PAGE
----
There are growing demands across the country to slash stamp duty charges in order to free up the stagnant housing market. New prime minister, Boris Johnson, and chancellor, Sajid Javid, have been urged by their colleagues to ‘throw the kitchen sink’ at stamp duty.
An emergency Budget has been mooted for early October and could result in action on the reforms. A group of housing experts and campaigners has demanded that amendments are passed as soon as possible as it is ‘beyond doubt’ that this is what is currently holding people back from moving home.
Some property experts have said that wholesale reforms of the property tax are greatly needed to keep the ‘home ownership dream’ alive.
Stamp duty threshold raised
The prime minister has already proposed to raise the threshold for the payment of stamp duty from £125,000 to a much higher level of £500,000. During his opening speech at the Conservative party conference, he said: “It is a disgraceful fact that we now have lower rates of owner occupation for the under-40s than some other European countries, such as France and Germany. This reflects the failure of governments for the last thirty years to build enough housing. But it is also a massive opportunity for us Tories.”
Mr Johnson talked of uniting the country, having safer streets, improving education and creating a better road and rail infrastructure. He added that he wanted to give “millions of young people the chance to own their own home”.
Help to Buy under threat
If the property market shows cracks after a no-deal Brexit and the predicted 10% fall happens then the goverment may have to pull the plug on the Help-to-Buy scheme which will risk alienating the younger market.
Mr Johnson has said he wholeheartedly did not want to cancel the scheme, despite a report from the National Audit Office that concluded that nearly two thirds of home buyers using Help-to-Buy did not need to use it.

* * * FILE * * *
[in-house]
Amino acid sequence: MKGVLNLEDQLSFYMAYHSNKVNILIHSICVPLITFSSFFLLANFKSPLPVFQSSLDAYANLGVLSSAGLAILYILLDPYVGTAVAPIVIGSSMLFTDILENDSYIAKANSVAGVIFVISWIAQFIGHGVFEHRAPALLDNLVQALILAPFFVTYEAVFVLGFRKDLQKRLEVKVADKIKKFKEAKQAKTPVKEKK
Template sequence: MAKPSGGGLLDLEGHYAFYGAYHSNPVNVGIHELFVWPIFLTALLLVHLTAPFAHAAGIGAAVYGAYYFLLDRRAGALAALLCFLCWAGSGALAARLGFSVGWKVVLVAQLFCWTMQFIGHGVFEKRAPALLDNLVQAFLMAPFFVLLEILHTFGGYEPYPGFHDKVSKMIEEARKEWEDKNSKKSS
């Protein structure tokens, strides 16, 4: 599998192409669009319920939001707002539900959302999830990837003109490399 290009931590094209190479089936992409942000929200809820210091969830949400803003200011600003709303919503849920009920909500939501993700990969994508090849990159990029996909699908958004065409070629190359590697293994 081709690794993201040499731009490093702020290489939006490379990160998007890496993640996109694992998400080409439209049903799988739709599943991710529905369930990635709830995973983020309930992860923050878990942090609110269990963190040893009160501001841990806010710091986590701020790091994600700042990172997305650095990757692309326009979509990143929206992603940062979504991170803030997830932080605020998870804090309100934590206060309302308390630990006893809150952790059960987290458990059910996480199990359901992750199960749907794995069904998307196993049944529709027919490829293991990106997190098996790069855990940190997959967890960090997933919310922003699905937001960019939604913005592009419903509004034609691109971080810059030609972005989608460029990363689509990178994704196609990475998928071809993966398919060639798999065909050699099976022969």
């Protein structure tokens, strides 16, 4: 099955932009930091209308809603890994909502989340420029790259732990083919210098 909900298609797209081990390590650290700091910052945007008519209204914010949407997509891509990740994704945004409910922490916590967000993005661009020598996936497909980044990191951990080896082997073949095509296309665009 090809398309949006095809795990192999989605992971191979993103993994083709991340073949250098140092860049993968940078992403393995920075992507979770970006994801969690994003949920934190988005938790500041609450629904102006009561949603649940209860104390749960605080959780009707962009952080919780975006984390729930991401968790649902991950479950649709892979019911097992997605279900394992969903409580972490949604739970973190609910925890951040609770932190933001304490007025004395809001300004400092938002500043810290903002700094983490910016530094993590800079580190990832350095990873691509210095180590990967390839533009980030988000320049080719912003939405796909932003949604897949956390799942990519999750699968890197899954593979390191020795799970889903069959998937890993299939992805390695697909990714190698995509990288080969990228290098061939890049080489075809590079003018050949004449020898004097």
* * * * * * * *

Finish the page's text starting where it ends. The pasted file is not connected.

The report confirmed that the scheme had helped to increase home ownership and housing supply but found that one in 25 had household incomes in excess of £100,000 and that the scheme helped boost the profits of housing developers. Indeed, half of the homes built in England by Persimmon, Barratt, Taylor Wimpey, Redrow and Bellway were sold using Help-to-Buy, providing them with record profits.
Changes that won’t benefit property downsizers
One change that has been mooted is a move to make home sellers pay stamp duty rather than home buyers. While this move would appear benefit all buyers, it would negatively impact home owners wanting to downsize. Buyers moving up the property ladder would benefit as they would pay stamp duty on the cheaper property they are selling rather than the usually more expensive home they are buying. The government has this week said this particular change will not be implemented.
Records show that older people are increasingly staying put in homes that are more suited to families. The current threshold of stamp duty on property makes house-buying more expensive, so that simply cutting the levy would make it more attractive for older home owners to downsize, which would in turn release larger homes for younger buyers and families.
The current status means that many young families face heavy competition for the small number of homes on the market, which consequently pushes up house prices. No surprise then that ten years after the financial crisis a million more adults still live with their parents!
Nationwide’s figures show that 54% of privately owned homes are under-occupied, up from 42% in 2000. This means that they may have two or more spare bedrooms, which is a huge difference compared to just 15% of under-occupancy in the private rental market.
Two out of three homeowners aged over retirement age have two or more spare bedrooms but, at the same time first-time buyers are taking longer to save for a deposit, there are no incentives for older homeowners to release their property and downsize, such as the stamp duty incentives for first-time buyers. Homeowners hoping to downsize to a smaller property currently pay the full cost of stamp duty, which can add thousands to the cost of a move.
Editor’s Comment: Should there be an over-70’s downsizing dispensation if they are moving to a cheaper house and it’s their only property?
Top rate stamp duty changes
Another consideration is whether to reverse the 2014 stamp duty change that took the top level of duty that affects homes valued at over £1.5 million to 12% to the previous level of 7%.
TaxPayer’s Alliance spokesman, Scott Simmonds, says that many people are ‘over the moon’ to hear the prime minister talk of raising the stamp duty threshold and lowering the top rate. He said: “There is a housing crisis in this country with many people unable to afford to purchase their own home. People who would like to downsize are stuck in large houses while young families remain in houses that are too small.”